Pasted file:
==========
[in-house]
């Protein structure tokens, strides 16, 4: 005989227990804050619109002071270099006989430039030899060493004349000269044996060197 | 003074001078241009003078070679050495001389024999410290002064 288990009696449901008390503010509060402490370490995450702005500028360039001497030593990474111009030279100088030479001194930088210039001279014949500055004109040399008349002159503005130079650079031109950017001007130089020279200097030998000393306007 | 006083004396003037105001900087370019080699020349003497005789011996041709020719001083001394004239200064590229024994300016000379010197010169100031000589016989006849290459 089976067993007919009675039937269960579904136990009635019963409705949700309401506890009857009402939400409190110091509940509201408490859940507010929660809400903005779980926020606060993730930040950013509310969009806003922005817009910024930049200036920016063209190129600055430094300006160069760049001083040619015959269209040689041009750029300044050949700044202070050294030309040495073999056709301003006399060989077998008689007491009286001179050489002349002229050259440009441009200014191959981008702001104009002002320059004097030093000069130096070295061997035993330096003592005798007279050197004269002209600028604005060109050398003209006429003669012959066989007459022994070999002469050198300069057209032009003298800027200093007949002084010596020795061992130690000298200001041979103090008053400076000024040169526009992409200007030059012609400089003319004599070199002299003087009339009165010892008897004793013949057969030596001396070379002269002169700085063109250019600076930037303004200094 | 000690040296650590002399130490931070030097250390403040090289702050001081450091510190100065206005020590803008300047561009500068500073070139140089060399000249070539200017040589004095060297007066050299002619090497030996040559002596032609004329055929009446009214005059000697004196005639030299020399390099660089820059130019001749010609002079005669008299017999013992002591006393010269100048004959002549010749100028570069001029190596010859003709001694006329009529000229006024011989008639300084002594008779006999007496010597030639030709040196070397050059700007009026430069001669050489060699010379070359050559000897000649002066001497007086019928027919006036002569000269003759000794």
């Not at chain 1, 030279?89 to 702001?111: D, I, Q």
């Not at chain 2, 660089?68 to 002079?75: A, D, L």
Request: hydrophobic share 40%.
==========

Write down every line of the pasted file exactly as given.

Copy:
[in-house]
């Protein structure tokens, strides 16, 4: 005989227990804050619109002071270099006989430039030899060493004349000269044996060197 | 003074001078241009003078070679050495001389024999410290002064 288990009696449901008390503010509060402490370490995450702005500028360039001497030593990474111009030279100088030479001194930088210039001279014949500055004109040399008349002159503005130079650079031109950017001007130089020279200097030998000393306007 | 006083004396003037105001900087370019080699020349003497005789011996041709020719001083001394004239200064590229024994300016000379010197010169100031000589016989006849290459 089976067993007919009675039937269960579904136990009635019963409705949700309401506890009857009402939400409190110091509940509201408490859940507010929660809400903005779980926020606060993730930040950013509310969009806003922005817009910024930049200036920016063209190129600055430094300006160069760049001083040619015959269209040689041009750029300044050949700044202070050294030309040495073999056709301003006399060989077998008689007491009286001179050489002349002229050259440009441009200014191959981008702001104009002002320059004097030093000069130096070295061997035993330096003592005798007279050197004269002209600028604005060109050398003209006429003669012959066989007459022994070999002469050198300069057209032009003298800027200093007949002084010596020795061992130690000298200001041979103090008053400076000024040169526009992409200007030059012609400089003319004599070199002299003087009339009165010892008897004793013949057969030596001396070379002269002169700085063109250019600076930037303004200094 | 000690040296650590002399130490931070030097250390403040090289702050001081450091510190100065206005020590803008300047561009500068500073070139140089060399000249070539200017040589004095060297007066050299002619090497030996040559002596032609004329055929009446009214005059000697004196005639030299020399390099660089820059130019001749010609002079005669008299017999013992002591006393010269100048004959002549010749100028570069001029190596010859003709001694006329009529000229006024011989008639300084002594008779006999007496010597030639030709040196070397050059700007009026430069001669050489060699010379070359050559000897000649002066001497007086019928027919006036002569000269003759000794």
């Not at chain 1, 030279?89 to 702001?111: D, I, Q």
């Not at chain 2, 660089?68 to 002079?75: A, D, L």
Request: hydrophobic share 40%.